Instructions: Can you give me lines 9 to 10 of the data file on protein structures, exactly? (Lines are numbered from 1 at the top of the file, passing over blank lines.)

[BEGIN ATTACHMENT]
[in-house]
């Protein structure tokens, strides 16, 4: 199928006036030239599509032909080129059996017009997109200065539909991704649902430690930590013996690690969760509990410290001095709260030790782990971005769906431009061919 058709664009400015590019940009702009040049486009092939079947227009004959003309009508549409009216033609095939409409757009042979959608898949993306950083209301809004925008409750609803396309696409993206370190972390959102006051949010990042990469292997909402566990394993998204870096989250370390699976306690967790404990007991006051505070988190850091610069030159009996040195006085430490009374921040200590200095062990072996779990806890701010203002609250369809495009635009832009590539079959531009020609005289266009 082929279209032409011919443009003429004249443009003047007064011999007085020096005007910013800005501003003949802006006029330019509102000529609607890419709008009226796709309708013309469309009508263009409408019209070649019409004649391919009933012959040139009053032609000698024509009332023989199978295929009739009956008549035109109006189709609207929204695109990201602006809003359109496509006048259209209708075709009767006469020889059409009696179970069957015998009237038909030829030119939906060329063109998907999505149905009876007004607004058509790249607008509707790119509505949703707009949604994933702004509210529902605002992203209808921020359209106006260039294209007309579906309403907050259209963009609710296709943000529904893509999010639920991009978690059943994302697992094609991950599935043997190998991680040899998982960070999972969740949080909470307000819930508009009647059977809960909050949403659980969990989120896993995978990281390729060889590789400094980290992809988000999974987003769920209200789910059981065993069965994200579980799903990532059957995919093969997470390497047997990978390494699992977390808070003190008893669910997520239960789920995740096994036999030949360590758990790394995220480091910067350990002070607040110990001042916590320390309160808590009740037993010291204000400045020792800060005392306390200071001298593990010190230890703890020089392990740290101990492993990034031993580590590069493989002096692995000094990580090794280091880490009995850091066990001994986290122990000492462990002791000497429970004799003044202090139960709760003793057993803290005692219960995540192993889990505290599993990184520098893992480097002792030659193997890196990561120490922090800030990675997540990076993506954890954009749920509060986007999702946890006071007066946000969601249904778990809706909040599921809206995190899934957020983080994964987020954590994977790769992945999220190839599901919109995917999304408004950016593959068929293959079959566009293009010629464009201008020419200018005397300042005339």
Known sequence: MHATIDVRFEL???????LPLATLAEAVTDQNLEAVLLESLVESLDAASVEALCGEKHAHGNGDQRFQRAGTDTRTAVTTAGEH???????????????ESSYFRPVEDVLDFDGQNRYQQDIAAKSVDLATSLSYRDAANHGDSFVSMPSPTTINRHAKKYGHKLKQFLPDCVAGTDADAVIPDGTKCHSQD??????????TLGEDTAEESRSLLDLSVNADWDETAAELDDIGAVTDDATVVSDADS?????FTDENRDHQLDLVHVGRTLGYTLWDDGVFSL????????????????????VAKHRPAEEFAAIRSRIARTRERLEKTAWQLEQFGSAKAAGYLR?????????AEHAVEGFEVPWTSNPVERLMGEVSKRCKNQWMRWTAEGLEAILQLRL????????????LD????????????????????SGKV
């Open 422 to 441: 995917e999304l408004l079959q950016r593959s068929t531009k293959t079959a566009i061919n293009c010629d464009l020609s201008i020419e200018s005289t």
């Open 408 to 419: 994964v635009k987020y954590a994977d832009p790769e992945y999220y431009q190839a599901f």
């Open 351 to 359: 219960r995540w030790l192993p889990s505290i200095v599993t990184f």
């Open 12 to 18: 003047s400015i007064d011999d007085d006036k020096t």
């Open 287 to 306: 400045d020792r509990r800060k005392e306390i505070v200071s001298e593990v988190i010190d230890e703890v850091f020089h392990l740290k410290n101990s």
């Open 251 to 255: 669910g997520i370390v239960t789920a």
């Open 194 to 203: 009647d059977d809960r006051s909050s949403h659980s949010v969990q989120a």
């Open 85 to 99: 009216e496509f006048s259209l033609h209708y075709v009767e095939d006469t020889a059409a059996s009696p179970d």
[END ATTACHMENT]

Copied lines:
């Open 251 to 255: 669910g997520i370390v239960t789920a």
């Open 194 to 203: 009647d059977d809960r006051s909050s949403h659980s949010v969990q989120a």